Photograph courtesy of Antiochiana, Antioch College.

Photograph courtesy of Antiochiana, Antioch College.

Yellow Springs has a long history of being a tourist destination. Our village once housed several large resorts from almost the moment the earliest settlers made this their home. People came to Yellow Springs from all across Ohio to enjoy a bit of fresh air, rest and relaxation in our quiet little village.

The resorts eventually closed in the late nineteenth century and since then we have never really had a venue for larger groups to stay while visiting the village. One hundred and forty-six years later, we are awaiting the opening of Yellow Springs’ newest hotel, the Mills Park Hotel. While the Mills Park Hotel will not be as large as the earlier Yellow Springs’ resorts, I’m sure that its walls will be filled with similar sounds and visions as once experienced in the Neff House.

William Neff purchased the initial resort in 1842 which included a mansion house, piazza, six cottages, a bowling alley and stables.  The resort thrived until the early 1860s when William Neff died.  Neff’s sons invited some of their wealthy friends to Yellow Springs in order to plan a bigger and better resort.  Construction on the “Second” Neff House began in July 1869.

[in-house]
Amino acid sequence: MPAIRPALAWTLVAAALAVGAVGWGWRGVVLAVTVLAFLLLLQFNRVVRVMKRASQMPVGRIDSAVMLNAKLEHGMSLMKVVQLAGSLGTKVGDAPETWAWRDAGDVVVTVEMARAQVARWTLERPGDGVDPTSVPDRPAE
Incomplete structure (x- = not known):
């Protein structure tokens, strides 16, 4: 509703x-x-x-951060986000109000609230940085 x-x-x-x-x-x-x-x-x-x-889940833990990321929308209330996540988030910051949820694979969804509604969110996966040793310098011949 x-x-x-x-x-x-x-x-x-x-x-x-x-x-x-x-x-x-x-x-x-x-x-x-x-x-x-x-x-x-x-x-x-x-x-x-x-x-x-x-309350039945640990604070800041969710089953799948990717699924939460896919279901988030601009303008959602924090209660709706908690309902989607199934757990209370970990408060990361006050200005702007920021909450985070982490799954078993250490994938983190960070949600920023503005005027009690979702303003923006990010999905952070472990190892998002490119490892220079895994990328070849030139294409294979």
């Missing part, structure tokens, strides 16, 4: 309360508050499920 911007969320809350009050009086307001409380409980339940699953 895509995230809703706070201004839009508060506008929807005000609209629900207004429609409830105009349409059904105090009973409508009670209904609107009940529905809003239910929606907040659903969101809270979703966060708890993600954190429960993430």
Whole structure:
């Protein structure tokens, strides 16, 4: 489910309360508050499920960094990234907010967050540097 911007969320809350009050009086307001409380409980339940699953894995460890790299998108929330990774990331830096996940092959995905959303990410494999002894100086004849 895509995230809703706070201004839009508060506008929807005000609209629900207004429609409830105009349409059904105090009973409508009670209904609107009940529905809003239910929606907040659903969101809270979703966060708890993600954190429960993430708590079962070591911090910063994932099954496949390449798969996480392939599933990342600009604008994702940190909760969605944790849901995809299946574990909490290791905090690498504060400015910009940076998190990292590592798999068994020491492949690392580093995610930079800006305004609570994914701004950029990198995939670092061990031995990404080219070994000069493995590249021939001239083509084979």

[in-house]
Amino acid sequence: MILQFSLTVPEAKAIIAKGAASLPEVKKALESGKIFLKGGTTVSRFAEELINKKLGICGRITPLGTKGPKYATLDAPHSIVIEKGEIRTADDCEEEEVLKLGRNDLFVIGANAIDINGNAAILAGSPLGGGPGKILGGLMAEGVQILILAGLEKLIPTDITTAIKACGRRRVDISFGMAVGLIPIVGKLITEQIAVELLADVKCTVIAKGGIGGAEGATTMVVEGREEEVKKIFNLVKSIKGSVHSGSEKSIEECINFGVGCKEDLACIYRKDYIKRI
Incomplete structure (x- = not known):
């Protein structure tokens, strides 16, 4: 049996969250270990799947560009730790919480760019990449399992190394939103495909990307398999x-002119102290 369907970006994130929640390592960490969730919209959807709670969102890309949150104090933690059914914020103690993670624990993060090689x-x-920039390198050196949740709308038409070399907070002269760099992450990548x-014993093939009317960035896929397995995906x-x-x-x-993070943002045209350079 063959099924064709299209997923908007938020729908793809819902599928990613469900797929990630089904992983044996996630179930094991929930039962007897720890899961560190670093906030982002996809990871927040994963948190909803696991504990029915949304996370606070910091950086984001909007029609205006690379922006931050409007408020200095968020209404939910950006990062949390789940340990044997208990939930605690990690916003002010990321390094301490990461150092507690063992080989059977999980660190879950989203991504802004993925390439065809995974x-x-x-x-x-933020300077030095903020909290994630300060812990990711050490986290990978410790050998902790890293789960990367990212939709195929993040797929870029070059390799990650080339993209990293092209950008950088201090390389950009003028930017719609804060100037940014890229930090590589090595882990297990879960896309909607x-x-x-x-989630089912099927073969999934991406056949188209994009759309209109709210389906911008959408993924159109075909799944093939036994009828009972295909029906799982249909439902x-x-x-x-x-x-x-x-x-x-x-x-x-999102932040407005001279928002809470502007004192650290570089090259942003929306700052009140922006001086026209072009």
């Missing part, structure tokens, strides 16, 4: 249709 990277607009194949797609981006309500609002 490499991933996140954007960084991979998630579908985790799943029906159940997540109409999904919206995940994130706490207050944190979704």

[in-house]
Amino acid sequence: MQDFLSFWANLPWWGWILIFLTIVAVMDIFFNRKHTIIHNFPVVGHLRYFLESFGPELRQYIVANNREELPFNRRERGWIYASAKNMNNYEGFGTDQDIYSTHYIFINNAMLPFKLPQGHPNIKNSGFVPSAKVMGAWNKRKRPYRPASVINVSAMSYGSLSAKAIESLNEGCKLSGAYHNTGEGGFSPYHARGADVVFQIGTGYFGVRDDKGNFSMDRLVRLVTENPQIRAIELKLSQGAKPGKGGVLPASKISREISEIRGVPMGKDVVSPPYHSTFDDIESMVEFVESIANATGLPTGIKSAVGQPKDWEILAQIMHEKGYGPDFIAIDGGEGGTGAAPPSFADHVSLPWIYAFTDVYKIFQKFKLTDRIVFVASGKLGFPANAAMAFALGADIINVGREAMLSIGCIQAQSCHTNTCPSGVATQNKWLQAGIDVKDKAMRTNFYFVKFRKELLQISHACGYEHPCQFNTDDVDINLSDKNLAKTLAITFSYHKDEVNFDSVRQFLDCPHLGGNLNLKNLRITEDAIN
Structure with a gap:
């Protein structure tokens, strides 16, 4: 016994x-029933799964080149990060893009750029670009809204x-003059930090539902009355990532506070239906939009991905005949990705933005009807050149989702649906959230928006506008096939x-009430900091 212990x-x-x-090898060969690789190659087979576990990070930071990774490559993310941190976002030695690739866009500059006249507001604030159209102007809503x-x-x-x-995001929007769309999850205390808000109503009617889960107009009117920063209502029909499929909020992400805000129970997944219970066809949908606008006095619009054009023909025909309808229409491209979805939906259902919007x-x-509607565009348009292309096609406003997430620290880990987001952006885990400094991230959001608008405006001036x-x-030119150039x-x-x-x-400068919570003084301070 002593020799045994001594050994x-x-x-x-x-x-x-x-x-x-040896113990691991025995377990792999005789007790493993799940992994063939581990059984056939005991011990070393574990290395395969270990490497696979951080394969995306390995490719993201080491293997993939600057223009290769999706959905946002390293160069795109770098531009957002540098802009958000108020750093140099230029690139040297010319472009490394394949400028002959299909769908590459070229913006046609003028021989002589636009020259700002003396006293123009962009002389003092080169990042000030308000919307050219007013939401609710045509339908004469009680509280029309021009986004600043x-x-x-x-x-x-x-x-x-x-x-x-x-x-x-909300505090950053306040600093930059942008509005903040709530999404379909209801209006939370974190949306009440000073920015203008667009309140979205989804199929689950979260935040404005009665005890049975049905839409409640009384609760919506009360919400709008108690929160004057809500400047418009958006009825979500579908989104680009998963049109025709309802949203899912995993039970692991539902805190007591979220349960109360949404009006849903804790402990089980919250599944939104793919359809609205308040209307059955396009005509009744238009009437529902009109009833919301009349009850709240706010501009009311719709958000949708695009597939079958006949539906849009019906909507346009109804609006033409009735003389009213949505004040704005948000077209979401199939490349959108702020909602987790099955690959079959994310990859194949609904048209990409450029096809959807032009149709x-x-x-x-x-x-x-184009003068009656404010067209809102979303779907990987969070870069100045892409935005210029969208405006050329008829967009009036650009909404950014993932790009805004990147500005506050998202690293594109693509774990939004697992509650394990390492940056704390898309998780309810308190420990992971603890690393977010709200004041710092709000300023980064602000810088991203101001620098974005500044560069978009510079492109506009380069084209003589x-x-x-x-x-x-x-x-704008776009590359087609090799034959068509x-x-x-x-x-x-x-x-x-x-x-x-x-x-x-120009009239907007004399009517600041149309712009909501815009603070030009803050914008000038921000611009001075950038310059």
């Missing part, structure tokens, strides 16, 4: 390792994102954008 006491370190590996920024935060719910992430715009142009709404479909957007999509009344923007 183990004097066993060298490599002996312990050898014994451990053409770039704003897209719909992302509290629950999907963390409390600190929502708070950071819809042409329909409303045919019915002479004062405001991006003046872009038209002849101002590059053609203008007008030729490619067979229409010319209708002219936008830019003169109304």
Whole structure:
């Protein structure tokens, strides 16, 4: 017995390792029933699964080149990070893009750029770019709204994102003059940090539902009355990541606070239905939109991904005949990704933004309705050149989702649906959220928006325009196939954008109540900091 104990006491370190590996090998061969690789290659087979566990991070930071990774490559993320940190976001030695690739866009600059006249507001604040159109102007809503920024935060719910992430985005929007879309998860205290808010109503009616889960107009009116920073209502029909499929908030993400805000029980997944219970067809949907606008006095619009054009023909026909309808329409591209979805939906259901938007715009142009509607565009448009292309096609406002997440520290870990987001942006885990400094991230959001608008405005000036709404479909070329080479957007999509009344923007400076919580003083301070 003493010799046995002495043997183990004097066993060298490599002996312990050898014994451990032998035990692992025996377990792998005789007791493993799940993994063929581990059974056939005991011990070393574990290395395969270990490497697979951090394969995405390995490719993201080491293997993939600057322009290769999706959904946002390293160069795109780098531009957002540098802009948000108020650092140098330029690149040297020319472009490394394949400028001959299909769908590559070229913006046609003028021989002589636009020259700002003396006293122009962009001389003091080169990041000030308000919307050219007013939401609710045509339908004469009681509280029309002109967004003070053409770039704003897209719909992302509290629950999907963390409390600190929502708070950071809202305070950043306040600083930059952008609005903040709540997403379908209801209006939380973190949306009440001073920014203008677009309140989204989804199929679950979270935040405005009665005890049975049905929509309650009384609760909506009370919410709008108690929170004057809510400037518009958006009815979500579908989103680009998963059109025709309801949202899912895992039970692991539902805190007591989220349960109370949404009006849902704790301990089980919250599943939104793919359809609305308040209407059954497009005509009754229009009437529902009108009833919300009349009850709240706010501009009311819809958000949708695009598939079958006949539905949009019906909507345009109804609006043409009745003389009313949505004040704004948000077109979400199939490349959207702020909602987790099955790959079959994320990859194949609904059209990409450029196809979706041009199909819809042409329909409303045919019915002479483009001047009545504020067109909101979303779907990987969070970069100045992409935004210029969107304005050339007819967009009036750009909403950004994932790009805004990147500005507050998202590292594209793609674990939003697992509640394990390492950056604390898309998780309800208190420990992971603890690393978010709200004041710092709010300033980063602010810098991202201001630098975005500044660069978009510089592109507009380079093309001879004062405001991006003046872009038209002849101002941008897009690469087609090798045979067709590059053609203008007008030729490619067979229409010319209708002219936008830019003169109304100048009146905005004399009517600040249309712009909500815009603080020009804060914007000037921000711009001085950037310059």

As published in the Xenia Torchlight on December 1, 1869:

Yellow Springs.

The new Neff House with its continuous front of three hundred and sixty feet, begins to reveal it proportions to the public.  The building will be four stories high and a porch, or verandah, twenty feet wide and forty five feet high running the entire length of the building, will afford ample promenading room for the tenderhearted and romantic, however soaring their feelings may be.  The drawing-room is to be forty-five by seventy-five feet, and the dining room forty-five by one hundred and thirty feet, while the eating and drinking, dressing and dancing, love making and flirting that will be done within those charmed walls and upon those charmed porches and around and through those sylvan groves will be–well, we’ll wait and see, but it will be something immense.


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